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House prices in Australia have soared over the past decade: they are now two-and-a-half times what they were in 2000.

While prices dipped a little at the height of the global financial crisis, they have since resumed their onward rise.

In fact, they rose a whopping 20% in the 12 months to the end of the first quarter.

And according to The Economist, “Australian property is the most overvalued” of any of the 20 countries they track, because the ratio of house prices to rents is well above its long-term average.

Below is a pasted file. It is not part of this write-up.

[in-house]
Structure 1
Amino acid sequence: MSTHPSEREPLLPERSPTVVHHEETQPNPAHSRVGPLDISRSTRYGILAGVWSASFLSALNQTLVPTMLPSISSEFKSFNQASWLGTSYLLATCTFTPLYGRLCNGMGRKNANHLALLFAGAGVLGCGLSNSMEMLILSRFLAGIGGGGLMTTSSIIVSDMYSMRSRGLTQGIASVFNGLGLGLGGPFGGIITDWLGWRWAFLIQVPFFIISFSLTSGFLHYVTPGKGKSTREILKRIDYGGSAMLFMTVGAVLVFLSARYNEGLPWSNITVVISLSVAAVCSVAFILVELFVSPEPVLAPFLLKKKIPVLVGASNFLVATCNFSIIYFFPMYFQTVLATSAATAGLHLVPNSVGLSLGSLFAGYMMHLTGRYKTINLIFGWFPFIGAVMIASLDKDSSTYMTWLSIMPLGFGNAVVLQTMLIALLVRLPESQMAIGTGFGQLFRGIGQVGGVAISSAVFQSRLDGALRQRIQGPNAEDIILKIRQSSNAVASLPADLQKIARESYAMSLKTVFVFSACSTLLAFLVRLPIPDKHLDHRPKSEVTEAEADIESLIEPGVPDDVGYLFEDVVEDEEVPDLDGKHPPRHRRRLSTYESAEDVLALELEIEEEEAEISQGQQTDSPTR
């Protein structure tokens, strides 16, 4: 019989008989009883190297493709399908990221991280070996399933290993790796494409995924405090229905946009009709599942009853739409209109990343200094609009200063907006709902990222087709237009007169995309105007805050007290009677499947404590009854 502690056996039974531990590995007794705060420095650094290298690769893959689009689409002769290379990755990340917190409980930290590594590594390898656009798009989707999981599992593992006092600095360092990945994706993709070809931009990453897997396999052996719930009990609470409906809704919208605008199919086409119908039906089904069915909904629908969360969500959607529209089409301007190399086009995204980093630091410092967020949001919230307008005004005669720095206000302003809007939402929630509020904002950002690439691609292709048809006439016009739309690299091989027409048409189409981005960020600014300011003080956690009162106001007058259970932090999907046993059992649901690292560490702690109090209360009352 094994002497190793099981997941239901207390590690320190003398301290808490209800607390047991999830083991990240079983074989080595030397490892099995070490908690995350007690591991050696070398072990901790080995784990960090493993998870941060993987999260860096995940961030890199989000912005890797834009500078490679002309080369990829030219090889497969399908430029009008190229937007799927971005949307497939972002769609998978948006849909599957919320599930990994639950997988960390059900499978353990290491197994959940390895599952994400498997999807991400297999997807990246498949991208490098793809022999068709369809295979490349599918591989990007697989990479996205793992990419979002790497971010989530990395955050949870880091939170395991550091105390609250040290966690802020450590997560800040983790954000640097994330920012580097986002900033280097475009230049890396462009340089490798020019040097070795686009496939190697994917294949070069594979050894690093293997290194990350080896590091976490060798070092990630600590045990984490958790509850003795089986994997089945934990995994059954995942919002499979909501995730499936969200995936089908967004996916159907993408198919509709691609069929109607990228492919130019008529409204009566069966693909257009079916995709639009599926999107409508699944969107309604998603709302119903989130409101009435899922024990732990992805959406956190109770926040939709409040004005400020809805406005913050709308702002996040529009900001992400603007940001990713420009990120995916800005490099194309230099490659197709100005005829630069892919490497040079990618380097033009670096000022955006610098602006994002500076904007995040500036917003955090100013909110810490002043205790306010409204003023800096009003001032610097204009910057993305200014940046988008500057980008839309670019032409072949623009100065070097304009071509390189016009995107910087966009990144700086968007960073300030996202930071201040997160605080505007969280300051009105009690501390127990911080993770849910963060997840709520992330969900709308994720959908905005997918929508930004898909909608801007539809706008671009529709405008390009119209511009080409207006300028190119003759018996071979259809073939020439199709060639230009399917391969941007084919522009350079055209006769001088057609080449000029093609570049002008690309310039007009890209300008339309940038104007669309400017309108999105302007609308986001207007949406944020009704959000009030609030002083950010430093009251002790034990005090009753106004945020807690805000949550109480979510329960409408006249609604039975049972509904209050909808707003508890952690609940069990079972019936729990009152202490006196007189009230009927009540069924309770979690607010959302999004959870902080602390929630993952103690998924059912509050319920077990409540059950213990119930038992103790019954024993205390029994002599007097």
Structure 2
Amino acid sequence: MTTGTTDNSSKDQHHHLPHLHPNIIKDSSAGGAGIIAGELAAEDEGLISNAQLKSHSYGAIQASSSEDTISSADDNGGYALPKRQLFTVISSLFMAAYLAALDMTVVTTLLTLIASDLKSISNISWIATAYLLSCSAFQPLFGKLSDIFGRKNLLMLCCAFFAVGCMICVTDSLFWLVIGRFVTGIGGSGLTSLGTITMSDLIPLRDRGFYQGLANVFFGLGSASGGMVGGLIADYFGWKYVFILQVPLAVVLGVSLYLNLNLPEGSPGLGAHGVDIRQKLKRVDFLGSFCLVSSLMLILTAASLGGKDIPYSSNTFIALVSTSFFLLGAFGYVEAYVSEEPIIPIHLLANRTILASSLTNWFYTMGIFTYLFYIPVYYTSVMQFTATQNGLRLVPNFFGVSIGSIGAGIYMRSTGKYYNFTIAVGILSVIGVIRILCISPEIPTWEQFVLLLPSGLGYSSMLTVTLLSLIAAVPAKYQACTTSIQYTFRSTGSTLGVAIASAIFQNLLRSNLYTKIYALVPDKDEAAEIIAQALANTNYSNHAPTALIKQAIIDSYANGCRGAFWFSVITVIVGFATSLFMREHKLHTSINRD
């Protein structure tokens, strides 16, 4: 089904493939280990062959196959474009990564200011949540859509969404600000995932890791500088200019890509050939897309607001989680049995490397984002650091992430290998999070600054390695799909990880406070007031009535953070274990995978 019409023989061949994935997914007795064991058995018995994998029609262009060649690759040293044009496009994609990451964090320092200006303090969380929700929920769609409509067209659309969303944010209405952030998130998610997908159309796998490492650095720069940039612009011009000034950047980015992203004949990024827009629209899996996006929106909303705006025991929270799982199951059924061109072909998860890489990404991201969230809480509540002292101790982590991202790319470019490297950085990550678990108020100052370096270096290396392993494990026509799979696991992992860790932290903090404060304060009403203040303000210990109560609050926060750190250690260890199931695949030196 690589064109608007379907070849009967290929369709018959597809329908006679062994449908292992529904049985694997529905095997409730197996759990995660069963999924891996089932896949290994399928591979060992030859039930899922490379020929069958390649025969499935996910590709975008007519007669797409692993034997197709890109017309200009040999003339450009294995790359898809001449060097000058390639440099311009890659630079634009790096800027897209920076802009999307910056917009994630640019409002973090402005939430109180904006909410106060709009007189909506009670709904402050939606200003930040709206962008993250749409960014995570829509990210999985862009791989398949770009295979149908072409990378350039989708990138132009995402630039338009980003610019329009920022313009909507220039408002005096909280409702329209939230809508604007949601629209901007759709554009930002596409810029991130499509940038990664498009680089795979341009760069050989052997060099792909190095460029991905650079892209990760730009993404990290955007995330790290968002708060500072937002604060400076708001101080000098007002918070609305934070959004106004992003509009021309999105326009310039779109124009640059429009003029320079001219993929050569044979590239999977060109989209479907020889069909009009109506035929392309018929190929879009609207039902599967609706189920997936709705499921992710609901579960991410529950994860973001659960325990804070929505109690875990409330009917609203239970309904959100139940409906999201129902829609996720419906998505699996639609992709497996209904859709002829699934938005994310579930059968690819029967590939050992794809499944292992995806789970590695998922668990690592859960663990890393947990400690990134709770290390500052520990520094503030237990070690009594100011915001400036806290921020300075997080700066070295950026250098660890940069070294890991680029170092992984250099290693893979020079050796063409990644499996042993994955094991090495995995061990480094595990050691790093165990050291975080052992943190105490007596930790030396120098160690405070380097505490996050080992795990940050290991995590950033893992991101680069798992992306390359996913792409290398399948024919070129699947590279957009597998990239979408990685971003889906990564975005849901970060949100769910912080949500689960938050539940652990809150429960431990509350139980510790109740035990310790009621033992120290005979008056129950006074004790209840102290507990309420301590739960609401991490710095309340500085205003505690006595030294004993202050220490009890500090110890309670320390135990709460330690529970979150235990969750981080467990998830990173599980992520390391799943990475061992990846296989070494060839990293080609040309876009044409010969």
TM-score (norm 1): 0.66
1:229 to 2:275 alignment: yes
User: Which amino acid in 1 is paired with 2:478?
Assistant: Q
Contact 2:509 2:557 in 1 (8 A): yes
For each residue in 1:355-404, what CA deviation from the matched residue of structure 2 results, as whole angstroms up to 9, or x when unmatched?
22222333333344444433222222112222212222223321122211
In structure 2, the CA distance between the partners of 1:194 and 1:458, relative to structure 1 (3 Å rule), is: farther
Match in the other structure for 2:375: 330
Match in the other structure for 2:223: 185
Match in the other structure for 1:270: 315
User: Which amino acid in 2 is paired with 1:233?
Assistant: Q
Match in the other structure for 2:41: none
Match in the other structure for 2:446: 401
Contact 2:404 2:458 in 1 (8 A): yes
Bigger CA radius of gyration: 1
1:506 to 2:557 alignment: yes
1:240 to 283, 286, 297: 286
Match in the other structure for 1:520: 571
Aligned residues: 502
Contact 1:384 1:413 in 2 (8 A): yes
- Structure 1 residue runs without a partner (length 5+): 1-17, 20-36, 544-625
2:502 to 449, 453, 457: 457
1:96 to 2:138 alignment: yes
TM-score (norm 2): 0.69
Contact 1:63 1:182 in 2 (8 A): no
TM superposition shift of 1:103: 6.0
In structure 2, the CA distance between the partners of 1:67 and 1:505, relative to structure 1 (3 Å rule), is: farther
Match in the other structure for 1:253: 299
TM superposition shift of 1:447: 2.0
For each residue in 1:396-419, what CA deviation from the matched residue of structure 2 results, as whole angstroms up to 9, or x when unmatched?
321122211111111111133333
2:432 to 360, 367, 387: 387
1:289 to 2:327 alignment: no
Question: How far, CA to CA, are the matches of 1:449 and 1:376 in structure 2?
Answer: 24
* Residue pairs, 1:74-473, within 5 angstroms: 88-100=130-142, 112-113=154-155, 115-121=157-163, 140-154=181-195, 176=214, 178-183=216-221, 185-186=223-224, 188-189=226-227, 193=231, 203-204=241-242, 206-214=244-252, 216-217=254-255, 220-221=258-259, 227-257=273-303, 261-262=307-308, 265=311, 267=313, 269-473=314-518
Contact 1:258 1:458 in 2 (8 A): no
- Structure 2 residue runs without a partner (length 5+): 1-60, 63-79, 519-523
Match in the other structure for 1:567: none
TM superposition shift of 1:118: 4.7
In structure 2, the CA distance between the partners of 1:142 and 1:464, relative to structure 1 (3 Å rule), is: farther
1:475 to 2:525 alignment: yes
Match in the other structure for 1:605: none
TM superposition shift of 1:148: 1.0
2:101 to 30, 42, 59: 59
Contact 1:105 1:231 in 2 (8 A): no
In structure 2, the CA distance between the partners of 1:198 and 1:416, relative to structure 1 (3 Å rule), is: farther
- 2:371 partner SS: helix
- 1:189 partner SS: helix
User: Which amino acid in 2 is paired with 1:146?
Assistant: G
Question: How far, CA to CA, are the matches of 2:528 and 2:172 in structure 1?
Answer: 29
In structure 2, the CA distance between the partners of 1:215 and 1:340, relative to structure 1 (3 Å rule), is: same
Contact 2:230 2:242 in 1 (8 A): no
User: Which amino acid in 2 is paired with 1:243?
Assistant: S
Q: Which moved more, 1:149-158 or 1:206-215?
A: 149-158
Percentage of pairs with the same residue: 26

With the Reserve Bank of Australia raising interest rates to cool the market, might the bubble burst?

If so, the Lucky Country, which has so far sailed through the crisis virtually unscathed, may be in for tougher times ahead.

Fortunately, it exports a lot to China’s booming economy – and it may need to rely even more on that in future if domestic demand takes a knock.

As I explain in my new book, Aftershock: Reshaping the World Economy After the Crisis, which has just been published in Australia, perhaps Australians should be less hostile to Chinese investment in the country.

They may soon really need it.

Posted 13 Jul 2010 in Blog

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